In the Old English poem Beowulf, what traits of Beowulf and Grendel raise the fight between them to an epic struggle bwtween two great opposing forces in the world?  

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vangoghfan | College Teacher | (Level 2) Educator Emeritus

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In the Old English epic poem Beowulf, the fight between Beowulf and Grendel is a truly “epic” struggle in several senses of the word. The fight is not a fight simply between two individuals but between two symbolic forces.  This is true in several different ways, including the following:

  • Grendel is plainly identified as a symbol of evil, and Beowulf is just as clearly identified as a symbol of goodness and virtue.
  • Grendel is plainly associated with forces of supernatural evil, such as Satan, whereas Beowulf is just as clearly identified with symbols of supernatural goodness, especially the Christian God.
  • Both Grendel and Beowulf possess uncommon strength; each contains enormous power within his grip, so that each of them is not simply a common creature but something truly uncommon and supernatural in his powers.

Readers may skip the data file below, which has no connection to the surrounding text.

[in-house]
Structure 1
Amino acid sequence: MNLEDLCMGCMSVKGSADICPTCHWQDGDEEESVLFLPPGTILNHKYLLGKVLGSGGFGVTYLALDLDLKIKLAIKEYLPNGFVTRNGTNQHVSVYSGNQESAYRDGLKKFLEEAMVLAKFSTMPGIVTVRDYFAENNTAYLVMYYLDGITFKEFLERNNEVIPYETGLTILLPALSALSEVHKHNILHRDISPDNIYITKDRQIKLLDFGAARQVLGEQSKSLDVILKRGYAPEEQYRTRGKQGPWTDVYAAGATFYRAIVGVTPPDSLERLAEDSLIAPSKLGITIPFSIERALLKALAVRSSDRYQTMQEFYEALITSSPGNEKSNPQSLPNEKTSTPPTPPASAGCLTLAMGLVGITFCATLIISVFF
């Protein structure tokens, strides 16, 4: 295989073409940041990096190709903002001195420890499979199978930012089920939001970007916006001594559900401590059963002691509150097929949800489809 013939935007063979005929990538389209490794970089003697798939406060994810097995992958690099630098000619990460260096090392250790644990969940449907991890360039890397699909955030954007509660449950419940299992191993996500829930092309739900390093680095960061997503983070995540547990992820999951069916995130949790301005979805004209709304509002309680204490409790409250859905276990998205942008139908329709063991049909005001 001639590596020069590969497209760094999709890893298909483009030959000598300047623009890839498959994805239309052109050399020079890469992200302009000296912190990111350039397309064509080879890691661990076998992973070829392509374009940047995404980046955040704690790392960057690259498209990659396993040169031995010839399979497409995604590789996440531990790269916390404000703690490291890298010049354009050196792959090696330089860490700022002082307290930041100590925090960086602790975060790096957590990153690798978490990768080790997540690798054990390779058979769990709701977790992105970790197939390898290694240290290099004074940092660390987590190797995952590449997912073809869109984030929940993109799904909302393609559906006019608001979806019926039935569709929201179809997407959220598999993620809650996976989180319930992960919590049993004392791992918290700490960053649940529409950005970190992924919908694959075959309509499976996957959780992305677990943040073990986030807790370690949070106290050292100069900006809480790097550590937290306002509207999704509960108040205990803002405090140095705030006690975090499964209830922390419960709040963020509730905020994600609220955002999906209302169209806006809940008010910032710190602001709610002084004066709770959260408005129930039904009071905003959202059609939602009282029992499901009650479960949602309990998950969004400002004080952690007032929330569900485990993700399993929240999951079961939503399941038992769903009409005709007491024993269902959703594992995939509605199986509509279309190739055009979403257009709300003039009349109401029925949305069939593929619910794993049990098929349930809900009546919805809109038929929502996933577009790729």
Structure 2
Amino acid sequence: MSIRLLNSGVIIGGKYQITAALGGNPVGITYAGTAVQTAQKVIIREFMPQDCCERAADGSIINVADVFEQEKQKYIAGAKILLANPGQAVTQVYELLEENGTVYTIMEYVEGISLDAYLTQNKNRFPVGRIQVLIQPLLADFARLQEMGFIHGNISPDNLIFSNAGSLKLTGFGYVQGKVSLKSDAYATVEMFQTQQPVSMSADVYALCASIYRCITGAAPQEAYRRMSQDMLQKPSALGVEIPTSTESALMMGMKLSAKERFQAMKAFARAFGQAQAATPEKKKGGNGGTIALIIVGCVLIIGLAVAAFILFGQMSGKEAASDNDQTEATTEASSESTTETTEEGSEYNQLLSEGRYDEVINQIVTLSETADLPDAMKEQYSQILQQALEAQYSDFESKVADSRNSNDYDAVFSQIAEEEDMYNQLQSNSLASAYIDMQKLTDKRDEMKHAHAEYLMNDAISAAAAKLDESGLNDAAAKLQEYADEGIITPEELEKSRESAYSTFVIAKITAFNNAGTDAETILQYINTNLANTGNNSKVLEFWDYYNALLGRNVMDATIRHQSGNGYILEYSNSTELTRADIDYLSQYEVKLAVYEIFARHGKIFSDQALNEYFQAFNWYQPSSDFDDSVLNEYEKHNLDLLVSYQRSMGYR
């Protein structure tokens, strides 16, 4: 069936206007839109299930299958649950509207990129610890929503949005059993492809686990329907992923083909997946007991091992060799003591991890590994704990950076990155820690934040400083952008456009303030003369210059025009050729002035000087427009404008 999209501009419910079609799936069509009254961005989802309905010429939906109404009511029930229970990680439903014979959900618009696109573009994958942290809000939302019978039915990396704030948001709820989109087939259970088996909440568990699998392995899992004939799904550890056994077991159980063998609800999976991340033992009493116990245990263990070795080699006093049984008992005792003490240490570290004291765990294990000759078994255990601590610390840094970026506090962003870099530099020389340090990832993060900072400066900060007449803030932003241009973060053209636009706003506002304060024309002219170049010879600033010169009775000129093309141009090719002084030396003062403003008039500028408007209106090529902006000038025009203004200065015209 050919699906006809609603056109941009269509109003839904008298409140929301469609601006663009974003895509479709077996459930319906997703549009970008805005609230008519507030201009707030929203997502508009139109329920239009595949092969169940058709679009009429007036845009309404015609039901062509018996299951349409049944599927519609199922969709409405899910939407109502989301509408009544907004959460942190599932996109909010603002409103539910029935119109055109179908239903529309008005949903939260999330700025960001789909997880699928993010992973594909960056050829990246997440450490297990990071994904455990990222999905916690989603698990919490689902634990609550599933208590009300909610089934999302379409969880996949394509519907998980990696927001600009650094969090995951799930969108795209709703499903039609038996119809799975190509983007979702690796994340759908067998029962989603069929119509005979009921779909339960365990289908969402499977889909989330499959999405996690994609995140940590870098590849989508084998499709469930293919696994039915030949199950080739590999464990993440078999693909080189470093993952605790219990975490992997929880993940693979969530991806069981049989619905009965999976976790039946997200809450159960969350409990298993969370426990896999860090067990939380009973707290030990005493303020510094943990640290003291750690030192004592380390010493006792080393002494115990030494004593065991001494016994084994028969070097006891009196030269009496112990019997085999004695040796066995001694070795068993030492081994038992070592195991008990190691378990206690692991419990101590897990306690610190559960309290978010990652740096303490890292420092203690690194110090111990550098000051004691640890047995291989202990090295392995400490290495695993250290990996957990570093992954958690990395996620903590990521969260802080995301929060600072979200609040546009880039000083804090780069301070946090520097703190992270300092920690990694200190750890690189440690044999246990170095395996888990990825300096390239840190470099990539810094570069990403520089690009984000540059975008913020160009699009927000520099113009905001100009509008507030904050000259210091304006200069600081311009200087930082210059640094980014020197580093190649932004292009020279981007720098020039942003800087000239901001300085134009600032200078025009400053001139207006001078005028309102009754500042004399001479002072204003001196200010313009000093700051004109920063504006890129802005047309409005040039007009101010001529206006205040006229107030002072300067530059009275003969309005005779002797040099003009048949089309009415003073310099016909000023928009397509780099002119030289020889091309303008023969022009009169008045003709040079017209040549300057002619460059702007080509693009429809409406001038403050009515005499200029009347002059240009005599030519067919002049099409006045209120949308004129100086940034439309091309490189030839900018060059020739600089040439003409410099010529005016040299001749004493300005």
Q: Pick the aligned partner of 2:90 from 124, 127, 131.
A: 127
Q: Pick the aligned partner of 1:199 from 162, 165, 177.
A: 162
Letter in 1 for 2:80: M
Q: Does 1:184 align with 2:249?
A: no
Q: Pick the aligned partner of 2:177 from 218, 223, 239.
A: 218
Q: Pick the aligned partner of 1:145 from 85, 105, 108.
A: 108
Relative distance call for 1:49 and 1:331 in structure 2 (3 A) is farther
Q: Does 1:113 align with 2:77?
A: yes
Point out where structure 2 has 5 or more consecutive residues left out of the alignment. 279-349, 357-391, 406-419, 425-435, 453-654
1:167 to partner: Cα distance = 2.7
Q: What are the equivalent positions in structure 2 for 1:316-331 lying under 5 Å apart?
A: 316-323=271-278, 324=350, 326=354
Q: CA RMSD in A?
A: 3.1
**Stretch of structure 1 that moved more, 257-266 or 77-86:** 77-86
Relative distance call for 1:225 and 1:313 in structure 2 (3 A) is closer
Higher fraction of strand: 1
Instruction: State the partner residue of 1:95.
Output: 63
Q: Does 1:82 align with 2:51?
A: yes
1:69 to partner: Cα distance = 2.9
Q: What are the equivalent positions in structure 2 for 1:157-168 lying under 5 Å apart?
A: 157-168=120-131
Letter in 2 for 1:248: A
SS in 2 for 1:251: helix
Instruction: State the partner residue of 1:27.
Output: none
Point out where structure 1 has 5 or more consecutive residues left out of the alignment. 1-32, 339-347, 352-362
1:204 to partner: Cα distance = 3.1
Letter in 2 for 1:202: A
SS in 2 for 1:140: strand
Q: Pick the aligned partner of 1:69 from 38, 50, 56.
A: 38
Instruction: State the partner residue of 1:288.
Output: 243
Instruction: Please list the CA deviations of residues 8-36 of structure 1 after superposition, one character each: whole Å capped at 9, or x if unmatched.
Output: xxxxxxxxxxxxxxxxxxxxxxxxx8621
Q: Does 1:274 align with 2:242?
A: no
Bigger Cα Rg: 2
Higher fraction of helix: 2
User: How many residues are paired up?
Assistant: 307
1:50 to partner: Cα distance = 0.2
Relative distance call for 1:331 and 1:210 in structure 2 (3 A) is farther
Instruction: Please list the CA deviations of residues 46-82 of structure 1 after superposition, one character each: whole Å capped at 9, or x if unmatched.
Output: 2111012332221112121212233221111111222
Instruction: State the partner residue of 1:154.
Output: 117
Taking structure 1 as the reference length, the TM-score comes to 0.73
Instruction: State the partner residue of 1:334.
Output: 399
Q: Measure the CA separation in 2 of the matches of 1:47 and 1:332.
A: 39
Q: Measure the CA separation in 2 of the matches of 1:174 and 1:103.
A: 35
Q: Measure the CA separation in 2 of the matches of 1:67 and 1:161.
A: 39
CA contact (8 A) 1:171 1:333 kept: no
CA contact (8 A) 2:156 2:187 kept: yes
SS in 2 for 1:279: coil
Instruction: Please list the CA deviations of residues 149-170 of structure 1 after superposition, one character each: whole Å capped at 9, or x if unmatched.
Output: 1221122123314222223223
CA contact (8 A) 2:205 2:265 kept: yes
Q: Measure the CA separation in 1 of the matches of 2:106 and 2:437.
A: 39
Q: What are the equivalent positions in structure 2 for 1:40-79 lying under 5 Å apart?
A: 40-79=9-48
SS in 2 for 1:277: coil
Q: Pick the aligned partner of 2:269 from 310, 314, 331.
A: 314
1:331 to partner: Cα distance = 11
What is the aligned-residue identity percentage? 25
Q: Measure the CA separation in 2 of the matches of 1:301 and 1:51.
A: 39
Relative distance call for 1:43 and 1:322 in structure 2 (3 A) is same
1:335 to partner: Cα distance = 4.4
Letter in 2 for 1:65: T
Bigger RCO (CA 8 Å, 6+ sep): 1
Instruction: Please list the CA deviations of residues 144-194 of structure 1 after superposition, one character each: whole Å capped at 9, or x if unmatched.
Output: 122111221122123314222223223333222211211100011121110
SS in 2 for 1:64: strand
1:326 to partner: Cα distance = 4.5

• Grendel is bent not simply on killing single individuals but apparently on eradicating the whole Danish nation.  His attacks on the Danes continue for twelve years, and his impact on their entire culture is devastating. Likewise, Beowulf fights not merely on his own behalf but on behalf of the whole Danish nation and also on behalf of the glory of his own people, the Geats.
  • Beowulf clearly sees Grendel as a hellish creature and vows to defeat Grendel not to enhance his own personal glory but to honor God and restore the proper moral order.  In other words, he fights for principles, not to win personal fame.
  • Beowulf puts his trust utterly in God, so that the battle between Beowulf and Grendel is, in a sense, a struggle between Grendel and God’s representative on earth. If Grendel had defeated Beowulf, the people’s confidence in the Christian God might have been further shaken. Thus it is not surprising that as Grendel realizes that he is about to die, the poet remarks that this creature who

. . . had given offense to God

found that his bodily powers failed him. (810-11; Seamus Heaney translation)

  • Beowulf is “granted” by God “the glory of winning” (817-18). The fight between Beowulf and Grendel is a fight of huge symbolic importance with huge practical consequences for many beings besides themselves.  In all these ways, then, it is truly an “epic” struggle.

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